Cranial surgery in mediaeval Italy

Two head operations on a woman were performed in the Marche region under the Longobard Kingdom. Started in the 6th century AD and ended with Charlemagne’s conquest, the Longobard Kingdom, narrated in Manzoni’s tragedy Adelchi, controlled almost the whole Italian peninsula in its heyday, except for Rome, Sicily, Sardinia and the southern part of Apulia and Calabria.

In the cemetery of Castel Trosino, near Ascoli Piceno, a Longobard necropolis has been found. In one of the tombs excavated, an older woman’s skull has come to life, showing the first evidence of a cross-shaped bone modification on a living person.

Macroscopic, microscopic and CT scan analyses revealed at least two sets of scraping marks. Specifically, SEM analysis has shown perimortem bone-scraping traces. Both healed and non-healed defects suggest that the woman received at least twice intentional bone modifications to deal with her condition. It is the first evidence of a cross-shaped therapeutic intervention on a living individual.

Remains were analysed by an international research team, co-ordinated by the Sapienza University of Rome, Cambridge University, the Spanish University of Zaragoza, the French National Centre for Scientific Research (CNRS) with the help of Milan’s Catholic University of the Sacred Heart. The results were published in the International Journal of Osteoarchaeology.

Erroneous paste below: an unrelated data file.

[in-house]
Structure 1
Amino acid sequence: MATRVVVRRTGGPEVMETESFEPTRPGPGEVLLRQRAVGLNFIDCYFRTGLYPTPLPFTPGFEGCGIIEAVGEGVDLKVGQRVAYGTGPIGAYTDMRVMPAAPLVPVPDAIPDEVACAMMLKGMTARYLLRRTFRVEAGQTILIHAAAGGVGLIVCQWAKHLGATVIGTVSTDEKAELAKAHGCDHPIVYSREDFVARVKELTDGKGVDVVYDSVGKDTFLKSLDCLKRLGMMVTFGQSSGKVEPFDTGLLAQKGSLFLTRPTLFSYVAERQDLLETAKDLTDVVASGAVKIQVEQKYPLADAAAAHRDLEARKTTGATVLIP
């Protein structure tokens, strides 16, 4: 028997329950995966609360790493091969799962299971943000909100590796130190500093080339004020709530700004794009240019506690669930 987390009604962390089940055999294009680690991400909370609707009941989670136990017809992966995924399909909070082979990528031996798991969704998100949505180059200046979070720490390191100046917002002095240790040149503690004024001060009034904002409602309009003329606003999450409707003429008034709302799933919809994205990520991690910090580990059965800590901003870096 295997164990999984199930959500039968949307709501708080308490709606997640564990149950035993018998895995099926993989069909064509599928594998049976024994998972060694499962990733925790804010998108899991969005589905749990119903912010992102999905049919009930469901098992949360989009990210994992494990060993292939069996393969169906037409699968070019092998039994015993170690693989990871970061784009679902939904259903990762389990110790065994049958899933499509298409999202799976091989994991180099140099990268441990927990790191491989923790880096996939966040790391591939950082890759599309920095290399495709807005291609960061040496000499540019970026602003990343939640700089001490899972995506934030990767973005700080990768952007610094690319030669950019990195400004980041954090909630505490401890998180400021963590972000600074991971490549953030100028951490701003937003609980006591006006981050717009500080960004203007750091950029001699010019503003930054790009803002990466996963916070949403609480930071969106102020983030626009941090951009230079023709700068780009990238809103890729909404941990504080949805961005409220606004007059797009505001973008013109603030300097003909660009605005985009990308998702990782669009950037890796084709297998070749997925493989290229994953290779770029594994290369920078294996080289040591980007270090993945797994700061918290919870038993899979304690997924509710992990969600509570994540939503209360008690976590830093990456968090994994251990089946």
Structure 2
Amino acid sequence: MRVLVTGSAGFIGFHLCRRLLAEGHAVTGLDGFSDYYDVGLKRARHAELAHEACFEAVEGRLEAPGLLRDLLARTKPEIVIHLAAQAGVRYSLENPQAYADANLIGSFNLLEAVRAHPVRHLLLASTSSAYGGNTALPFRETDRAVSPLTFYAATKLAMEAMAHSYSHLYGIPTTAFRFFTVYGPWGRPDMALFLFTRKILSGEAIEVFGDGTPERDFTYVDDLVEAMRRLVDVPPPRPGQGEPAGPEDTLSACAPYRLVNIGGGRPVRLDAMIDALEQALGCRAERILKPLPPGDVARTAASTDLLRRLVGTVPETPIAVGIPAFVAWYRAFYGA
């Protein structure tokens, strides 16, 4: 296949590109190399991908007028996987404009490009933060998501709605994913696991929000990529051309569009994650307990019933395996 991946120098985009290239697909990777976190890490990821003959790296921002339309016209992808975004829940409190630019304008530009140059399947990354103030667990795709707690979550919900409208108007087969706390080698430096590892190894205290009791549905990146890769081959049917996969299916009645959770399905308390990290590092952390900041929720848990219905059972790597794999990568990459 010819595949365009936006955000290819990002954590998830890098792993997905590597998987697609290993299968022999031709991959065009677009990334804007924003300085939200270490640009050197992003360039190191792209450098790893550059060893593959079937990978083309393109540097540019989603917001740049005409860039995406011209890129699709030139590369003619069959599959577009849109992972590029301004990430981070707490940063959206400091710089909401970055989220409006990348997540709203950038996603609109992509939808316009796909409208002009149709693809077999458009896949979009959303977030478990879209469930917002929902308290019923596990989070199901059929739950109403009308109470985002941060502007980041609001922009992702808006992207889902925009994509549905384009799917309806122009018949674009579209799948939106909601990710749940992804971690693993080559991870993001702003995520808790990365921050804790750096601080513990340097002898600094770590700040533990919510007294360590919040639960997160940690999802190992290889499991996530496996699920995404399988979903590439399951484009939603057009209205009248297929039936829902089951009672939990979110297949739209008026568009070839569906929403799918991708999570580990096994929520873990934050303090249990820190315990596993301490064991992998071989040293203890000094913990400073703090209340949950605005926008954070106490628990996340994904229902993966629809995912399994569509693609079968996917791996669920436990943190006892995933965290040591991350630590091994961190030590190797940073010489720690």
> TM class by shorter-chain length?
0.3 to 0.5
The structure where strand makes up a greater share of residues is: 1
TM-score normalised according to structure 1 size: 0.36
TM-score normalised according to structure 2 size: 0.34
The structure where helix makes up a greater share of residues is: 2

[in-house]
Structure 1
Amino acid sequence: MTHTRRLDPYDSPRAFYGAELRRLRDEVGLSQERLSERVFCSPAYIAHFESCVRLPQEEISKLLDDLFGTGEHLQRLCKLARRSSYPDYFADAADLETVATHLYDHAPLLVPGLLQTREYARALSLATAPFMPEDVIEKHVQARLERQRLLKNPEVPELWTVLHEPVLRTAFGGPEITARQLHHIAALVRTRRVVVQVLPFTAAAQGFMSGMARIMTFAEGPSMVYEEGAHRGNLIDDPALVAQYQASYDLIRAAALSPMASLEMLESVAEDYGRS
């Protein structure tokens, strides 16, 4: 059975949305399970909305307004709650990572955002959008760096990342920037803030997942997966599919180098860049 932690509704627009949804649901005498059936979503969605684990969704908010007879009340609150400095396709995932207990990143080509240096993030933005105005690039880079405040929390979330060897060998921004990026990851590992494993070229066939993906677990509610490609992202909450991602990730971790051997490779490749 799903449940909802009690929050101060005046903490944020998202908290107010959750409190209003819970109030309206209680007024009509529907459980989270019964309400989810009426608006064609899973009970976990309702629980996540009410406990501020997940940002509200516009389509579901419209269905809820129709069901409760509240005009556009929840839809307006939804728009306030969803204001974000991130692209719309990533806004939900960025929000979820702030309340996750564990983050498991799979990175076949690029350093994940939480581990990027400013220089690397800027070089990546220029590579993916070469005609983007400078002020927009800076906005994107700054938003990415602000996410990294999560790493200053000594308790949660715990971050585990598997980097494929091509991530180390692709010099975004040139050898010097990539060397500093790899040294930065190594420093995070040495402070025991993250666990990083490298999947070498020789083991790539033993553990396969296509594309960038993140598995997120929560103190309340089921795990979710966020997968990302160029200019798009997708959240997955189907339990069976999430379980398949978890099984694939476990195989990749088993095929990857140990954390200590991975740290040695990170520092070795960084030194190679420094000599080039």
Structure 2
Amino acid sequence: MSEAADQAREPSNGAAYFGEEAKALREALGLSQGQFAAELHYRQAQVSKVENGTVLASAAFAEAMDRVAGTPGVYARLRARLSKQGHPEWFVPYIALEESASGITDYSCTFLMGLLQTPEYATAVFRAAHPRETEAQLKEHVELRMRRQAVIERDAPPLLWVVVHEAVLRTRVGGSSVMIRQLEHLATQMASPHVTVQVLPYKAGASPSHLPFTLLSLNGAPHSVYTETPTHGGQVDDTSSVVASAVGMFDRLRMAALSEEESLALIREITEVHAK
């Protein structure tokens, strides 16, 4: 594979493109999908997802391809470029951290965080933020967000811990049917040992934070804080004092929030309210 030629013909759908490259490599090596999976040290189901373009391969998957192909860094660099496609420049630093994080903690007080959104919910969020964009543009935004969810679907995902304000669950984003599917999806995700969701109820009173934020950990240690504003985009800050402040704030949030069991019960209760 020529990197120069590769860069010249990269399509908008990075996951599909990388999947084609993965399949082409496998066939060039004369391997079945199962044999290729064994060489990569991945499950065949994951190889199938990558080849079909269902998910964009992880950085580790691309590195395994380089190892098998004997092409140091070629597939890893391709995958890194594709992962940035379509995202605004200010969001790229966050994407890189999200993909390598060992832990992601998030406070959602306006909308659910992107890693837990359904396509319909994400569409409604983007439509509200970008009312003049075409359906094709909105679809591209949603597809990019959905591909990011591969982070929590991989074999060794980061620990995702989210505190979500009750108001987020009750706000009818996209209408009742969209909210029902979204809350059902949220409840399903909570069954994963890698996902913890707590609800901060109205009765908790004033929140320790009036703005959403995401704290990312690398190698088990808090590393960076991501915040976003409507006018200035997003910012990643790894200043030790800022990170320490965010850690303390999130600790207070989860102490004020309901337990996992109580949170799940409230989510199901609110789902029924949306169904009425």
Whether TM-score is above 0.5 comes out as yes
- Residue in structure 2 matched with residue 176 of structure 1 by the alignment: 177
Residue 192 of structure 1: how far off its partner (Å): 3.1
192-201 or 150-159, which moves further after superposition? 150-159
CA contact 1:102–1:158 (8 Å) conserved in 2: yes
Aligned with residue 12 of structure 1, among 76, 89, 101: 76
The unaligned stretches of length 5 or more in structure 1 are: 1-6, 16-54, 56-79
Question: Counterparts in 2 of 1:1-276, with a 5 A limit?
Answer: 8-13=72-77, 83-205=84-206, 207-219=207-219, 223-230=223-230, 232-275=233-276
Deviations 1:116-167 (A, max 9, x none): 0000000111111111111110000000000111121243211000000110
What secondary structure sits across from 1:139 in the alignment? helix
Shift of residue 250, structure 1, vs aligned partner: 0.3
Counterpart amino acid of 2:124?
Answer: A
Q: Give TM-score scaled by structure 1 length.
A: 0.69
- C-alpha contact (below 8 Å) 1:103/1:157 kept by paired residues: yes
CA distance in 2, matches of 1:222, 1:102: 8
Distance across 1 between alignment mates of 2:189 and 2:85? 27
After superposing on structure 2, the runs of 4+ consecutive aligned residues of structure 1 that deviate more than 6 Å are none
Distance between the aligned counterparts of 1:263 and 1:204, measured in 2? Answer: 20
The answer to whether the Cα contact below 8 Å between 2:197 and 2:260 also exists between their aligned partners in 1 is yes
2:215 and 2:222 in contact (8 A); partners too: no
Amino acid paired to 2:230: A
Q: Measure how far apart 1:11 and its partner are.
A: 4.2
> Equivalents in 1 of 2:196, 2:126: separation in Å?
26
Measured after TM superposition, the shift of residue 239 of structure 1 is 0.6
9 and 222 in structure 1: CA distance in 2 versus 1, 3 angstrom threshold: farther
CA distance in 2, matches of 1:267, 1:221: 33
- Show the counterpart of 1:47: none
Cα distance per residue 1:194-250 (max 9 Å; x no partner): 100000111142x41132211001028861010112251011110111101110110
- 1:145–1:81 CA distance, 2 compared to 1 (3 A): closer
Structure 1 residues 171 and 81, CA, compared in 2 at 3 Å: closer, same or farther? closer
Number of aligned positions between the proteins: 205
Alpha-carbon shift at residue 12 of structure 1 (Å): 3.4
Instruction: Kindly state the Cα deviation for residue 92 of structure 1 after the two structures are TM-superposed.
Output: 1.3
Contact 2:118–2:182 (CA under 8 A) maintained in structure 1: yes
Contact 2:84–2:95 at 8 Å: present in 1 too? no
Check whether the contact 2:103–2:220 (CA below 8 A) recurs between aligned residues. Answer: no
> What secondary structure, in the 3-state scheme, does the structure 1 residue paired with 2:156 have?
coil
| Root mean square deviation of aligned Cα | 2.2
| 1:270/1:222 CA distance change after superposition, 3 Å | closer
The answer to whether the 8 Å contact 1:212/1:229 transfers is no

Researchers, under the guidance of Ileana Micarelli of Cambridge University and former post-doctoral researcher at La Sapienza, studied the woman’s skull, revealing signs of at least two head operations. In addition, using new high-resolution biochemical research methods on one of her teeth, they were able to understand changes in the woman’s diet and movements from her early years to adulthood, showing signs of treatment provided to her by the community.

Giorgio Manzi, study co-ordinator at Sapienza University, says: “The last cranial surgery seems to have been performed shortly before her death”. He also adds: “There are no lesions to suggest the presence of injury, tumours, congenital or other diseases. It is interesting to consider the possibility of a ritual or judicial reason behind these operations, but at the moment we do not have any evidence for this”.

Castel Trosino was an extremely sensitive site in the complex political situation which developed after the collapse of the Roman Empire, during the Post-Classical period. After losing the Po Valley, the Byzantine government established its military control over central Italy. That is why, during the 6th century AD, Castel Trosino became a strategic site.

The archaeological literature describes it as having a non-preeminent military function. Indeed, the first Longobard phase at Castel Trosino started in the last decade of the 6th century AD. Most likely, it was due to a small group of soldiers guided by war chiefs wearing imperial insignia. They aimed to repay barbarian leaders, allied with the imperial government, and ensure peace in the region. This was the main reason why the Byzantine authorities encouraged Longobard elites to conquer Castel Trosino.

Castel Trosino became the residence of many prestigious families, as shown by the stunning funerary goods recovered (gold objects and fine jewellery). As unique Post-Classical Italian funerary goods, these pieces are primarily of Roman-Byzantine manufacture and are closely linked to the customs of the Byzantine and Longobard society.